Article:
Read The Huntr’s full review and see all of the pictures here

Insider tip: Limited parking outside because of the queues of cars waiting to get their karak fix straight to their door.

Location: Opposite Dubai Public Library, Umm Suqeim, Dubai, UAE


Guide: Where to eat in Dubai when money's too tight to mention

HumYum, Umm Suqeim

This homegrown restaurant offers snappable interiors and delicious, cheat-day worthy Emirati cuisine. Outside it is flanked by a charming little straw stick gate and clad in wood, there is a small outdoor seating area and ample indoor seating. We love the vintage Land Rovers, which serve as the kitchen and the coffee corner. Open for breakfast, lunch and dinner, there are many reasonably-priced dishes to choose from. The Huntr tried the Chips Oman and Cheese Regag (10AED), and the Dynamite Shrimp Paratha Roll (20AED) – washed down with karak (3AED) and a flat white. The coffee isn’t the best we’ve ever had, but the food and the vibes are what seal the deal (not to mention the excellent prices).

Read The Huntr’s full review and see all of the pictures here

Insider tip: The most expensive savoury item on the menu is 20AED.

Location: Jumeirah Beach Road, Umm Suqeim, Dubai, UAE


Guide: Where to eat in Dubai when money's too tight to mention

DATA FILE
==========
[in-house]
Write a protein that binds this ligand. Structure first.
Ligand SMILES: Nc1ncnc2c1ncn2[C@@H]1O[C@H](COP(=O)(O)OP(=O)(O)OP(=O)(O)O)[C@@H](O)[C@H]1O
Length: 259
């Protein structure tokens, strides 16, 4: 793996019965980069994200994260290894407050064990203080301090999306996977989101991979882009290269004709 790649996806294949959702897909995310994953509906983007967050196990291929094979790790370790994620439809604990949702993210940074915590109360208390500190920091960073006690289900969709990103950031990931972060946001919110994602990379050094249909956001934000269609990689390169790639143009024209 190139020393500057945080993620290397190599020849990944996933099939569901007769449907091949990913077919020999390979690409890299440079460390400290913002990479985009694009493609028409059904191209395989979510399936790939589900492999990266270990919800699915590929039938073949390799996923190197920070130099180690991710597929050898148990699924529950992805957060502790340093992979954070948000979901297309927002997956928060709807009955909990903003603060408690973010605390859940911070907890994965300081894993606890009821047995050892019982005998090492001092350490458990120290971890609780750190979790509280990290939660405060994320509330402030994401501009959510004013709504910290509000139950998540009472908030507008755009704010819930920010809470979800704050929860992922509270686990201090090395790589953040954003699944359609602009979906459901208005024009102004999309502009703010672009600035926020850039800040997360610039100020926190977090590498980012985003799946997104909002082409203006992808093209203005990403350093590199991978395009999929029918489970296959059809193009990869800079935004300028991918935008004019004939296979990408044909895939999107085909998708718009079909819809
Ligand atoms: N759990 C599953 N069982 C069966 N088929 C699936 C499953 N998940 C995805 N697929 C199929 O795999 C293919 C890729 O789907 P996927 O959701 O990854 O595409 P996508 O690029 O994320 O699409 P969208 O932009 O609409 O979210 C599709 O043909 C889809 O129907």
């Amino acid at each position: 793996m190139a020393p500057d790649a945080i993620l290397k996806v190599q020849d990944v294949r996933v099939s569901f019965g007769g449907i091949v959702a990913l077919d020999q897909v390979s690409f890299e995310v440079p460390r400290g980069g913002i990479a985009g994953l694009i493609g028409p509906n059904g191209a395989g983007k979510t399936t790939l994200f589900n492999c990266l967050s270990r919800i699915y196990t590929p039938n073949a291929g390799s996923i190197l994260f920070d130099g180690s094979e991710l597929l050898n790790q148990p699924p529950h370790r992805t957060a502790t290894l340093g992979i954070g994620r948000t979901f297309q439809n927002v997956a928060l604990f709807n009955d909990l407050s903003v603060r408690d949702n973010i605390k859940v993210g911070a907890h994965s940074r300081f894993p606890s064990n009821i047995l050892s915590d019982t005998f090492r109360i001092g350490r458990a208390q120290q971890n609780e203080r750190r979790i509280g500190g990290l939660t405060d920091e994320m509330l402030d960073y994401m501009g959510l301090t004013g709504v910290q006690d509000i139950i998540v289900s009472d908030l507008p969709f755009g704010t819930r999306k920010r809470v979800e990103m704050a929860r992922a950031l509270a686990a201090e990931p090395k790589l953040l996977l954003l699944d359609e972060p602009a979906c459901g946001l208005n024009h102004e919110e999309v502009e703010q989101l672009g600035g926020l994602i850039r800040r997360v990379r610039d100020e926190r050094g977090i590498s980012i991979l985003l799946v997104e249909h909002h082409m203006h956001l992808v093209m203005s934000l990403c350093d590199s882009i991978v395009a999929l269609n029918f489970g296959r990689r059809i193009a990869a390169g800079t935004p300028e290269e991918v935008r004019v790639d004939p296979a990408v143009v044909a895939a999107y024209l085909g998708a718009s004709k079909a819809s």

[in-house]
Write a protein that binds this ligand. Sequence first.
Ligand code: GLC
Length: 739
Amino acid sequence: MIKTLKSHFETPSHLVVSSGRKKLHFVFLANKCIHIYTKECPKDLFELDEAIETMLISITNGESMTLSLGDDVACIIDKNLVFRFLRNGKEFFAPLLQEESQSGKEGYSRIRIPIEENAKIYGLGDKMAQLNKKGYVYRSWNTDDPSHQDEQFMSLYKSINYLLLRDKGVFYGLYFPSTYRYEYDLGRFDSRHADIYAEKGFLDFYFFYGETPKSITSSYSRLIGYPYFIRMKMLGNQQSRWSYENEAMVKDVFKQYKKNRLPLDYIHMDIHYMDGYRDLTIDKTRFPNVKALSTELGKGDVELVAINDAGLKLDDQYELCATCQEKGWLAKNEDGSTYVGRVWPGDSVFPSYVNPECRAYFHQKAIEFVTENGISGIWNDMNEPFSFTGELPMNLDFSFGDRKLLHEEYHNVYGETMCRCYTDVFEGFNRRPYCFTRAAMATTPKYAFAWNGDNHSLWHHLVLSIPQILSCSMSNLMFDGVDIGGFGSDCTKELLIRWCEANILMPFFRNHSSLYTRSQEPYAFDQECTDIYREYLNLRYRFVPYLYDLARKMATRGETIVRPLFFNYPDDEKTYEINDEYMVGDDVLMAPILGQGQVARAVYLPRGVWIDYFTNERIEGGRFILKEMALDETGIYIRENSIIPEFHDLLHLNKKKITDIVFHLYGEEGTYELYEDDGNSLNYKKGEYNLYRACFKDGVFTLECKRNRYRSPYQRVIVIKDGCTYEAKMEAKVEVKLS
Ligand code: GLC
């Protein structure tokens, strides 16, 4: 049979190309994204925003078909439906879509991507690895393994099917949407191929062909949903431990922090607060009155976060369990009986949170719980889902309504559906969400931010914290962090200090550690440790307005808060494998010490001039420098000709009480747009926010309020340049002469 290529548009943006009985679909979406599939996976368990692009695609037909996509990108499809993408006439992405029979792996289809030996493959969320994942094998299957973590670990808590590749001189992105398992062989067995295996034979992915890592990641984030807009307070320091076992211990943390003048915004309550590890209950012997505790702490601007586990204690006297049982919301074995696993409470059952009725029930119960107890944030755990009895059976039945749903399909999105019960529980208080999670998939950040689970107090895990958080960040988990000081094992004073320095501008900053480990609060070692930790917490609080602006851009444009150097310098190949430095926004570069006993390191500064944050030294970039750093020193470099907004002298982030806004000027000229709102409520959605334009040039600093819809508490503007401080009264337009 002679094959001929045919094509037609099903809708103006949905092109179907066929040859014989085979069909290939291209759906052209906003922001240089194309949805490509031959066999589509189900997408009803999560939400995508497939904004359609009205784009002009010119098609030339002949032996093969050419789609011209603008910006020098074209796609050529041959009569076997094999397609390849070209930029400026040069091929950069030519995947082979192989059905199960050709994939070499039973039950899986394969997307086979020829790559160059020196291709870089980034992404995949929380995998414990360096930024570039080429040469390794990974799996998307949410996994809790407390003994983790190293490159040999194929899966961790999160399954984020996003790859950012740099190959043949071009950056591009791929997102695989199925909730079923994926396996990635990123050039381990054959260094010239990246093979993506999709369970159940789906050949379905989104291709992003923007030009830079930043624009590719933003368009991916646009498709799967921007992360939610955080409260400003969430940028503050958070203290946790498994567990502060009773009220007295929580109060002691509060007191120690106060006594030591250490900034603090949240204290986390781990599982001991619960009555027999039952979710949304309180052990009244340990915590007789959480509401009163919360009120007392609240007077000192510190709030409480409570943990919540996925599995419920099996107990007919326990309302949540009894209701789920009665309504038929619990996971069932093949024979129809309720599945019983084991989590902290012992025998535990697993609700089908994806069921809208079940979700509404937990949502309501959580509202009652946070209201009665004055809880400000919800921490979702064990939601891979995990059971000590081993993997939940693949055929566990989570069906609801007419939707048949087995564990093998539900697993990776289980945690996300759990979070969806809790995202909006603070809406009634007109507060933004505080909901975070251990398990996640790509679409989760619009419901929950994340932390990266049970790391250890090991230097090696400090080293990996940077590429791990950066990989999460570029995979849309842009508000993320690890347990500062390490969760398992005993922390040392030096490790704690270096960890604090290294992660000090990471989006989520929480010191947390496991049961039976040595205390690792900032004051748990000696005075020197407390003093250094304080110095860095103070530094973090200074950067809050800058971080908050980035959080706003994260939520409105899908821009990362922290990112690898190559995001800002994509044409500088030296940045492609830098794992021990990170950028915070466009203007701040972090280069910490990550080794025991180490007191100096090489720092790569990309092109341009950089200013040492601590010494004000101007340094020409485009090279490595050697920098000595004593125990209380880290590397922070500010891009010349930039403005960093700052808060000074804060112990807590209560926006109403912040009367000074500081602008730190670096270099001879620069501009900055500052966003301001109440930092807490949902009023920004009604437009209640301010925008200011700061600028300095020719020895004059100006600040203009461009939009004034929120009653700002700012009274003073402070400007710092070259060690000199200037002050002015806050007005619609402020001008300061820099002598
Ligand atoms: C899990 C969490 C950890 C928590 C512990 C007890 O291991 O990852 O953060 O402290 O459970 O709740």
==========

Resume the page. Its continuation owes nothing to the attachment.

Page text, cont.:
Satwa Falcon Cafeteria, Al Satwa

Alongside its popular Karak, Satwa Falcon Cafeteria offers a range of juices and smoothies, milkshakes, burgers, sandwiches, shawarma, noodle dishes, biryani, Chinese specials, curries, fried chicken, paratha and Indian breakfast dishes. This cheap and cheerful “no frills” spot first opened in Dubai in 2010. The Huntr tried and loved the karak (1AED) and we hear good things about the paratha, so we are already planning our return…

Read The Huntr’s full review and see all of the pictures here

Insider tip: Open 24 hours a day!

Location: Behind the Four Points by Sheraton, Al Satwa, Dubai, UAE


Guide: Where to eat in Dubai when money's too tight to mention

The Arabian Tea House, Al Fahidi

For over two decades Arabian Tea House Al Fahidi has been offering a unique and rare opportunity to experience authentic Emirati and Arabic cuisine and hospitality in one of the UAE’s oldest neighbourhoods. Open for breakfast, lunch and dinner, the regag bread is awesome and to guarantee a reasonably priced meal you need to do a little hack and share one of the trays, which are around 70-80AED each. They feature enough to feed 2-3 people depending on hunger levels. The Huntr recommends the Emirati Breakfast Tray (75AED), which with a choice of tea or coffee (side note: the drink won’t be easy to share!) or The Arabian Tea House Breakfast Tray (68AED) (also vegetarian), which is comprised of hummus, falafel, beans, olives, grilled halloumi cheese, cheddar cheese wrap and jam served with fresh vegetables and Arabic bread. 

Read The Huntr’s full review and see all of the pictures here

Insider tips: No WiFi. Unless you share the trays or opt for the regag bread, the prices and bill will creep up.

Location: Al Fahidi Street, Bur Dubai, Al Fahidi Historial Neighbourhood, (Opposite Musalla Post Office), Dubai, UAE


Guide: Where to eat in Dubai when money's too tight to mention

Al Shaab Restaurant, Meena Bazaar